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AIBU in retracting our offer on house

(56 Posts)
user1491297286 Tue 04-Apr-17 10:30:53

DH and I found a property we loved last week and (after months of searching) decided to put in an offer. Our first offer was rejected and we eventually agreed to meet the vendors half way, resulting in us agreeing to pay 5k more for the house than we wanted to and going to the top of our budget. The vendors accepted our offer on the basis that they found somewhere themselves. Last night, DH and I discussed things again and revaluated our finances and outgoings should we purchase the house.

Although we can afford the mortgage, we are putting ourselves in a position where we would be stretching ourselves and would be worried about finances each month. We also considered interest rates rising, and the fact we want to start a family, which again could mean we would be unable to afford the repayments in 5 years’ time.

Last night we had a message to say the vendors have found somewhere and have had an offer accepted today so they are ready to proceed. blush We both feel absolutely terrible and stupid. We should have evaluated things properly before placing an offer but we fell in love with the property and got carried away.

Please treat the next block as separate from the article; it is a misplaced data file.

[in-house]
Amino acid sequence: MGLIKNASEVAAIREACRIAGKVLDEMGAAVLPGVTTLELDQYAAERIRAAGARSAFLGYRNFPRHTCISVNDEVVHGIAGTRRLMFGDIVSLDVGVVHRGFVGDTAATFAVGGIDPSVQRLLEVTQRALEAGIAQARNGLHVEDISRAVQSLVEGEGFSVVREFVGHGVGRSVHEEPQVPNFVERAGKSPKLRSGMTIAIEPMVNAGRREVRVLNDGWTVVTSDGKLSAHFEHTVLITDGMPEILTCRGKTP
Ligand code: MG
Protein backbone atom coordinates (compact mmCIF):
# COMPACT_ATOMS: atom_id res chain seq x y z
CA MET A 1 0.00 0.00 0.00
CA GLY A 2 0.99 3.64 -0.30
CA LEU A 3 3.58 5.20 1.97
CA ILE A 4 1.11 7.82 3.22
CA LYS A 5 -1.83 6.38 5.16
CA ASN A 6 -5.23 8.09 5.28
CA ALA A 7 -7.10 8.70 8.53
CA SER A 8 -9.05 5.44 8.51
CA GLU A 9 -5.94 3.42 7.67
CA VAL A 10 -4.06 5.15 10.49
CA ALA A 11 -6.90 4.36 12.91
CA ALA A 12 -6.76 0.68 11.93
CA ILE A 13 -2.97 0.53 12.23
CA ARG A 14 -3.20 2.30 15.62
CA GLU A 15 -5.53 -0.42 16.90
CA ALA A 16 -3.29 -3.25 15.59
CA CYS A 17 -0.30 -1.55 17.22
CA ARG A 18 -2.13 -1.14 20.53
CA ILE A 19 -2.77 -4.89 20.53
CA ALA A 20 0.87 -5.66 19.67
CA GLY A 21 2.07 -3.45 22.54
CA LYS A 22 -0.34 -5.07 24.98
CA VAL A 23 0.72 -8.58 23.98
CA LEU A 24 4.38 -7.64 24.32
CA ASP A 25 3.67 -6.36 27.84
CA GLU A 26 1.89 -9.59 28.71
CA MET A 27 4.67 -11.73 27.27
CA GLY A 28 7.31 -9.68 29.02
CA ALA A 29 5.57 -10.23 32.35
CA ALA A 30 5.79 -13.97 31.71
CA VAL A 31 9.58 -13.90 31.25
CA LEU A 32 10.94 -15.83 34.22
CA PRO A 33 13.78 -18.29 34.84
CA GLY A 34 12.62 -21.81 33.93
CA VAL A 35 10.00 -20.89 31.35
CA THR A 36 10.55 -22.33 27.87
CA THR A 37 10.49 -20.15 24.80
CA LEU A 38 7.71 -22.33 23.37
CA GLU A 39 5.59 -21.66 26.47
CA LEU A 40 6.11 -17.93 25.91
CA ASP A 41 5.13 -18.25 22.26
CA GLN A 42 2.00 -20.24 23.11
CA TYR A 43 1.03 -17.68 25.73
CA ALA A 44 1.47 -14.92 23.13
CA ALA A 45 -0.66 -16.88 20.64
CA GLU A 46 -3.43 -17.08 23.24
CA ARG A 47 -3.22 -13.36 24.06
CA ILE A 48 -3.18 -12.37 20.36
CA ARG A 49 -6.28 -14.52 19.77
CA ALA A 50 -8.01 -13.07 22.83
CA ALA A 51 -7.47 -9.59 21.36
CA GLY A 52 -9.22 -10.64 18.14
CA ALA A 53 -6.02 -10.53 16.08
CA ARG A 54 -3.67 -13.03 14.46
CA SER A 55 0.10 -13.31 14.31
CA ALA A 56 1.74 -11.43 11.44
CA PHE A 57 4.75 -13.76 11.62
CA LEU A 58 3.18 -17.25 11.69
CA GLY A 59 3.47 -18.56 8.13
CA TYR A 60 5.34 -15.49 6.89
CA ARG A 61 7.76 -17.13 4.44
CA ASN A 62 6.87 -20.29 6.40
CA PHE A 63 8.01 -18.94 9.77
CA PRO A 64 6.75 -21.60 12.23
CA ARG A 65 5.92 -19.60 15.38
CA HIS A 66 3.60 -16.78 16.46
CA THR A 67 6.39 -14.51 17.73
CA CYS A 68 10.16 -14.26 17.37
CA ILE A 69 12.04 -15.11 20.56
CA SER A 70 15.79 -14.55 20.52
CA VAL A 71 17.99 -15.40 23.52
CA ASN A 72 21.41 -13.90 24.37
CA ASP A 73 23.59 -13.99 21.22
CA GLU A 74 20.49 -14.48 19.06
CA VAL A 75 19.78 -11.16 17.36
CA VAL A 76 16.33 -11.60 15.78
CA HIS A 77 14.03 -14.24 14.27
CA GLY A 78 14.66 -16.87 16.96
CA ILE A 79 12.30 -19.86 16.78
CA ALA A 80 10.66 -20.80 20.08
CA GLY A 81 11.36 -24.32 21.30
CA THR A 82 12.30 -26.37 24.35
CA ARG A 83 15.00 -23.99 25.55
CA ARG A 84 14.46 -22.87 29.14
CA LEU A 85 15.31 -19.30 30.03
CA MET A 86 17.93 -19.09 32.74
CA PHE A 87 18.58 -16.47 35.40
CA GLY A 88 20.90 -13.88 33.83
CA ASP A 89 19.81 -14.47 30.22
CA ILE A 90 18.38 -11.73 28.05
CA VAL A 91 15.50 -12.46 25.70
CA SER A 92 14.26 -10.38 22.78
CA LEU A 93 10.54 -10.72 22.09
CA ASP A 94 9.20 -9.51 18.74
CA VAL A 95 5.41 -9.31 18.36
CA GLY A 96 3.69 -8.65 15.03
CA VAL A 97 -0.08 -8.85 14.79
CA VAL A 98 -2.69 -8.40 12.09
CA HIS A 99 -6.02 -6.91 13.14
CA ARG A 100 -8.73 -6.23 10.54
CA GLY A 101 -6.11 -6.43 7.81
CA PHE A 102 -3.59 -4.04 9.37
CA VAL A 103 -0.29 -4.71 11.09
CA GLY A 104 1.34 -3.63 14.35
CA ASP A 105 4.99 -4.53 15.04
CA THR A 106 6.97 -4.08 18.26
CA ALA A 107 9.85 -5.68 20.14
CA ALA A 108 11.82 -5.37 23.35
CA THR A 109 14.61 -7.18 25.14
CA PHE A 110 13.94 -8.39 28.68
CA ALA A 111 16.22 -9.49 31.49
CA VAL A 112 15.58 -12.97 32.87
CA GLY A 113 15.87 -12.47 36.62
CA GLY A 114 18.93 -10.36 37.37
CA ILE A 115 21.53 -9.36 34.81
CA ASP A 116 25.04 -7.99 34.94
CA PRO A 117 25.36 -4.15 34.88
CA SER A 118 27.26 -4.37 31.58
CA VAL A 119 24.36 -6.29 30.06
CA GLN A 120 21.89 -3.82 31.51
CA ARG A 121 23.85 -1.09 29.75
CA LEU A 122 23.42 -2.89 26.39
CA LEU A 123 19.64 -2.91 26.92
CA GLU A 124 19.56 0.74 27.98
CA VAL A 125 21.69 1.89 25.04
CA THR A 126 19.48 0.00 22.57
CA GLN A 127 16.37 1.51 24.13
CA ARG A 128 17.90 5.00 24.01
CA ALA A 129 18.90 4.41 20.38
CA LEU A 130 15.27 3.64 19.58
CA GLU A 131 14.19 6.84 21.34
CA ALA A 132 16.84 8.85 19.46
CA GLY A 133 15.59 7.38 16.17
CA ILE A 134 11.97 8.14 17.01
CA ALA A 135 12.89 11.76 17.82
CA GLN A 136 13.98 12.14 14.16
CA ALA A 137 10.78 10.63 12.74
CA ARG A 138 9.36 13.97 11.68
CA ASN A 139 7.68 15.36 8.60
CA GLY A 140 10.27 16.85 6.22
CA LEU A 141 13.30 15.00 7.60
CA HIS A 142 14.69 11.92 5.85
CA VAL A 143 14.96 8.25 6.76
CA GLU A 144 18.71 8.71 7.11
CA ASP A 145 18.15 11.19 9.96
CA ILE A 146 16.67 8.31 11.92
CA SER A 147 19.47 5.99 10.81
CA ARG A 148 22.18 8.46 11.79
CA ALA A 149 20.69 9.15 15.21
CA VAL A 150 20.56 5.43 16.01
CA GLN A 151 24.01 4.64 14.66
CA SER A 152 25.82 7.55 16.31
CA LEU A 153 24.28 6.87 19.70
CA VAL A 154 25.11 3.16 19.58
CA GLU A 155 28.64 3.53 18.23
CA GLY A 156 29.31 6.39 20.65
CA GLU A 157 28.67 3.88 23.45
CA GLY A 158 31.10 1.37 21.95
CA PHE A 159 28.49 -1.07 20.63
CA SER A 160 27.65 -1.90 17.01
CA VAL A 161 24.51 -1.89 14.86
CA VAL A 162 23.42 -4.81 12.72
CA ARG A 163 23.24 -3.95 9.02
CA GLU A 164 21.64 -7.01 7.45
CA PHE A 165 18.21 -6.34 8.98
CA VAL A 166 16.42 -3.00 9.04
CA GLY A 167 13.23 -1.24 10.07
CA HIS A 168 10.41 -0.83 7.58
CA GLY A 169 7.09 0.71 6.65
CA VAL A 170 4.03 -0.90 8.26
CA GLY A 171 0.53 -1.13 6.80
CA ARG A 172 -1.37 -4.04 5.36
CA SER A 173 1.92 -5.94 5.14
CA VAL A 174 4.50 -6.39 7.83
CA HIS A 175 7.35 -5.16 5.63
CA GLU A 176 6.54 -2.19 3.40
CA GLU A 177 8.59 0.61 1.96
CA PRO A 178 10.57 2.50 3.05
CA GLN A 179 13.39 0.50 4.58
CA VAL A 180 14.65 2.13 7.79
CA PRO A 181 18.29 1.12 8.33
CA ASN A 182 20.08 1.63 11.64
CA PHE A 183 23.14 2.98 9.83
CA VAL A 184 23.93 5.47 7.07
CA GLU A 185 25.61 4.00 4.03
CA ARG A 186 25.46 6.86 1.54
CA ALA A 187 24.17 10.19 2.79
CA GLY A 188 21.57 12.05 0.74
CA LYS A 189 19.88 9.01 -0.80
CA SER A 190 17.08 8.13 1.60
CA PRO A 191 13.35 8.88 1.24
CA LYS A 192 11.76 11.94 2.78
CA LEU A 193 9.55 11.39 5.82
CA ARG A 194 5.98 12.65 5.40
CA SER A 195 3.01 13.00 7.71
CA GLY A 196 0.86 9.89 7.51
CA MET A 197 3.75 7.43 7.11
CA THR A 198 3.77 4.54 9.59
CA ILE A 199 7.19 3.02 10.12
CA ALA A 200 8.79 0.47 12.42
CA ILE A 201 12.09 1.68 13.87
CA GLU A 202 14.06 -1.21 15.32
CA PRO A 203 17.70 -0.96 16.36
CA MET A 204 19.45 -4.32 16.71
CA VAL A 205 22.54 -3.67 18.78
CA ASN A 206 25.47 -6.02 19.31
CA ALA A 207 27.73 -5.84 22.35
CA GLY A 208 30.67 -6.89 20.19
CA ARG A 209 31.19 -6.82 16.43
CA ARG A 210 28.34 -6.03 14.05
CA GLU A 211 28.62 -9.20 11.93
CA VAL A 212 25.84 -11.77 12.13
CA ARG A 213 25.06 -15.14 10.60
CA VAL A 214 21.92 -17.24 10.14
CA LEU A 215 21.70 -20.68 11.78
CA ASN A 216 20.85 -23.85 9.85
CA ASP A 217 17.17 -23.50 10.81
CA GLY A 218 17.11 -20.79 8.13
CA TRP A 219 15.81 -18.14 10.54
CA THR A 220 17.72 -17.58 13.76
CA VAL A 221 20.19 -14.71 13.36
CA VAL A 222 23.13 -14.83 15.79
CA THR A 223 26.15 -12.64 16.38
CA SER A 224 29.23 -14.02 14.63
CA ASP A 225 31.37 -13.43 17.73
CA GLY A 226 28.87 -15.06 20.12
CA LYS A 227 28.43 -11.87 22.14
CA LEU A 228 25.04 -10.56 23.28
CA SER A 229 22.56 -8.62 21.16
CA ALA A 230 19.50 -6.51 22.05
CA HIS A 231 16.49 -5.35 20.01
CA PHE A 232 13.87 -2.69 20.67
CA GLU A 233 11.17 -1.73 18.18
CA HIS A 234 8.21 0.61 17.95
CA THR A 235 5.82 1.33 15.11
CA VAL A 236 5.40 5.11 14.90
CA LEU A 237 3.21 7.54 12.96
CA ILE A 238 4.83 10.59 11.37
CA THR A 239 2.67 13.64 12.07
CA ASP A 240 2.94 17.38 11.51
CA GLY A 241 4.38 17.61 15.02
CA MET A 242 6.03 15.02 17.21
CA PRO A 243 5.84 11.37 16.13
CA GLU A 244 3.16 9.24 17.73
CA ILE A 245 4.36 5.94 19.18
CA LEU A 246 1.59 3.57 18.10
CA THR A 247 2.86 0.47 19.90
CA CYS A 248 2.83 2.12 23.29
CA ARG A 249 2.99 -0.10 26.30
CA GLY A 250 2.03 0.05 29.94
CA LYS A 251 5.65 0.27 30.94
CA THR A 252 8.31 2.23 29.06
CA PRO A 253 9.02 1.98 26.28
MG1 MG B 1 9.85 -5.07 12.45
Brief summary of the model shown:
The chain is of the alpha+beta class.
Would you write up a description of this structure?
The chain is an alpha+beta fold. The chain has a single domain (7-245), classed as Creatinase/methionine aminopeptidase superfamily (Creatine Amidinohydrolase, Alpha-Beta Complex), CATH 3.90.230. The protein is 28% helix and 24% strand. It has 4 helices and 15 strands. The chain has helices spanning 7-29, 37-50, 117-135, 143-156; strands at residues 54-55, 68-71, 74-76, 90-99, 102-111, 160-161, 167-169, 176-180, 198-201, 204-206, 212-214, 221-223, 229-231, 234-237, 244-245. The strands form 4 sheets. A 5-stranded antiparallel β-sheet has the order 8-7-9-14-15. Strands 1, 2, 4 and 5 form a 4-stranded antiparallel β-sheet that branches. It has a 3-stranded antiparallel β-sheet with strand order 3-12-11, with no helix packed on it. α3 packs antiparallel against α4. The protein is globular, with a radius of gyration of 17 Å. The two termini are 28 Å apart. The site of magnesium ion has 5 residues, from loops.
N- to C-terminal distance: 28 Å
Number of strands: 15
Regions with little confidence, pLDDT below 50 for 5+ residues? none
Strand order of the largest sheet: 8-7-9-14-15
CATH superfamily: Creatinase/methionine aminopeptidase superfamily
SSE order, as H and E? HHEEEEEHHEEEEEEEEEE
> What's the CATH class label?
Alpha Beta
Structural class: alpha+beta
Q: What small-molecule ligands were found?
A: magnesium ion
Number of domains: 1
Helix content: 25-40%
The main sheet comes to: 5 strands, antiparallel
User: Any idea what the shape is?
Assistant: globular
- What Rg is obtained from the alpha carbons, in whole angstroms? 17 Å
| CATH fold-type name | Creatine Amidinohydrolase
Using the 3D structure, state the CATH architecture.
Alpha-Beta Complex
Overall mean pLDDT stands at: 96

Are we going to be blacklisted for pulling out here?! sad I feel our reason is rather pathetic and embarrassing but cannot think of any other reason to give!

Tobuyornot99 Tue 04-Apr-17 10:35:29

OP I don't see what difference 5k will make on a 25 year mortgage. You've been looking for ages, you've found a house you love, unless you are sure you'll find another you love for 5k less then go for it. Unless of course you stay where you are and just accept that. It sounds like a touch of cold feet is all.

AHedgehogCanNeverBeBuggered Tue 04-Apr-17 10:38:27

£5k is a tiny amount over 25 years - if you can't afford the mortgage with that added, then you can't afford it at £5k less. You can absolutely pull out, 1 in 3 sales doesn't go through, but please do lower you expectations of what you can afford.